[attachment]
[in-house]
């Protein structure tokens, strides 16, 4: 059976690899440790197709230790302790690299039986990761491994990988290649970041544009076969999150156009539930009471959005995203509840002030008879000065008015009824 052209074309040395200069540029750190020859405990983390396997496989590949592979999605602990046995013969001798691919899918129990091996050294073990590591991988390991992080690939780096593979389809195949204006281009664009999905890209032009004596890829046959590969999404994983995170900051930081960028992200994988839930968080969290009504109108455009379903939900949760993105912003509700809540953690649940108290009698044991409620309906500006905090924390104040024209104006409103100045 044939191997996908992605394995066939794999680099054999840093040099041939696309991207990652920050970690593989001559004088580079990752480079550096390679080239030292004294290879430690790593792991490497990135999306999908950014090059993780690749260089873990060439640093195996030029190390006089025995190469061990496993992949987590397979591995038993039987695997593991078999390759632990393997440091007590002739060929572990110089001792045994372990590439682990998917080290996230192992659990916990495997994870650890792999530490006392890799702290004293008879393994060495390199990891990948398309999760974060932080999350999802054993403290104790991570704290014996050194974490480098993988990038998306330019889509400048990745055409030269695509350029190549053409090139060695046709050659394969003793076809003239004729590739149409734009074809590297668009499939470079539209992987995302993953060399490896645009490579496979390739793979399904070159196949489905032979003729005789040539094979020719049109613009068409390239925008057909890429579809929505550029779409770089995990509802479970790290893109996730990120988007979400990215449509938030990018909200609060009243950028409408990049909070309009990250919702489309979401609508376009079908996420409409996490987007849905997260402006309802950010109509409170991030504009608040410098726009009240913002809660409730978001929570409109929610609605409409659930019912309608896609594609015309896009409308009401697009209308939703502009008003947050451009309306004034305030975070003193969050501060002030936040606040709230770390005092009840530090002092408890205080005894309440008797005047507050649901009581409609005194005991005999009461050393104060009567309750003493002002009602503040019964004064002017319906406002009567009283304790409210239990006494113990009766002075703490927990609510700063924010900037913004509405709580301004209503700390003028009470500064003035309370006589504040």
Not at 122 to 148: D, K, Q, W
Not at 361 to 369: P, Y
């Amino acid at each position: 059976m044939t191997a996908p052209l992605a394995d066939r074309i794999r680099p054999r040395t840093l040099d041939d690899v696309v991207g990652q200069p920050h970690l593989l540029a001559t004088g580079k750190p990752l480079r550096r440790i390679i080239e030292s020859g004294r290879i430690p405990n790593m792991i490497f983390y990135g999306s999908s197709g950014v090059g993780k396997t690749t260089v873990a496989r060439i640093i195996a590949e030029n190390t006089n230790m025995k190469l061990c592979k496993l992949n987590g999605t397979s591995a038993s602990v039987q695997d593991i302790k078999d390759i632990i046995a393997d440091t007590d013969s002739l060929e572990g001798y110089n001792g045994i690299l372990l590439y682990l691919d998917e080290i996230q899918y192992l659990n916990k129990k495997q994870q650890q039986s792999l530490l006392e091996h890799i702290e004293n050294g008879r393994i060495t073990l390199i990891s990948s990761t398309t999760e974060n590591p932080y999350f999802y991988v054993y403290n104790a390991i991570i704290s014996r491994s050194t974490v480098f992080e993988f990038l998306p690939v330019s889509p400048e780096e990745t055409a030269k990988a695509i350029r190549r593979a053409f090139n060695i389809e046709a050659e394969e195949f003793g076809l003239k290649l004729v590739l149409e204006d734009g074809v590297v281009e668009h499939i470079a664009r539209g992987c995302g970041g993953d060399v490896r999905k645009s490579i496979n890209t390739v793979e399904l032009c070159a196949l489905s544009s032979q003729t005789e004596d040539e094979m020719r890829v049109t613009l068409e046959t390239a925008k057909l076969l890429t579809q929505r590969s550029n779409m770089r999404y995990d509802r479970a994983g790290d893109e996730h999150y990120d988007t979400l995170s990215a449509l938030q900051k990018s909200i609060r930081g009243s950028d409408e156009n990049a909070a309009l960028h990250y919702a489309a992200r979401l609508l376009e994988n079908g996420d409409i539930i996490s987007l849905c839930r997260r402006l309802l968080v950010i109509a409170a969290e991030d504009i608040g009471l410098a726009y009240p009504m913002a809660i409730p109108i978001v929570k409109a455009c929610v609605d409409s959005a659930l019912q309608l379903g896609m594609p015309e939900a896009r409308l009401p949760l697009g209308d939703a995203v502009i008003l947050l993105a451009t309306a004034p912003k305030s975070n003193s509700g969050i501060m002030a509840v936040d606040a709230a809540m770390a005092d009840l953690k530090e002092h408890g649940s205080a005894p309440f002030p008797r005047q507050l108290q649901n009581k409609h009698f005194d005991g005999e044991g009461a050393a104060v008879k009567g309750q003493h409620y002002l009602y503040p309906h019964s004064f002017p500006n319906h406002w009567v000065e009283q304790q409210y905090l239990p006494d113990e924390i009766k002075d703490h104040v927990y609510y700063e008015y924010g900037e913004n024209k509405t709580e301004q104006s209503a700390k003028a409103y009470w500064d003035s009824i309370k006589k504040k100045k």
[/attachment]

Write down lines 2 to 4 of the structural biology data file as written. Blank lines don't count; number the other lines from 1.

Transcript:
């Protein structure tokens, strides 16, 4: 059976690899440790197709230790302790690299039986990761491994990988290649970041544009076969999150156009539930009471959005995203509840002030008879000065008015009824 052209074309040395200069540029750190020859405990983390396997496989590949592979999605602990046995013969001798691919899918129990091996050294073990590591991988390991992080690939780096593979389809195949204006281009664009999905890209032009004596890829046959590969999404994983995170900051930081960028992200994988839930968080969290009504109108455009379903939900949760993105912003509700809540953690649940108290009698044991409620309906500006905090924390104040024209104006409103100045 044939191997996908992605394995066939794999680099054999840093040099041939696309991207990652920050970690593989001559004088580079990752480079550096390679080239030292004294290879430690790593792991490497990135999306999908950014090059993780690749260089873990060439640093195996030029190390006089025995190469061990496993992949987590397979591995038993039987695997593991078999390759632990393997440091007590002739060929572990110089001792045994372990590439682990998917080290996230192992659990916990495997994870650890792999530490006392890799702290004293008879393994060495390199990891990948398309999760974060932080999350999802054993403290104790991570704290014996050194974490480098993988990038998306330019889509400048990745055409030269695509350029190549053409090139060695046709050659394969003793076809003239004729590739149409734009074809590297668009499939470079539209992987995302993953060399490896645009490579496979390739793979399904070159196949489905032979003729005789040539094979020719049109613009068409390239925008057909890429579809929505550029779409770089995990509802479970790290893109996730990120988007979400990215449509938030990018909200609060009243950028409408990049909070309009990250919702489309979401609508376009079908996420409409996490987007849905997260402006309802950010109509409170991030504009608040410098726009009240913002809660409730978001929570409109929610609605409409659930019912309608896609594609015309896009409308009401697009209308939703502009008003947050451009309306004034305030975070003193969050501060002030936040606040709230770390005092009840530090002092408890205080005894309440008797005047507050649901009581409609005194005991005999009461050393104060009567309750003493002002009602503040019964004064002017319906406002009567009283304790409210239990006494113990009766002075703490927990609510700063924010900037913004509405709580301004209503700390003028009470500064003035309370006589504040």
Not at 122 to 148: D, K, Q, W
Not at 361 to 369: P, Y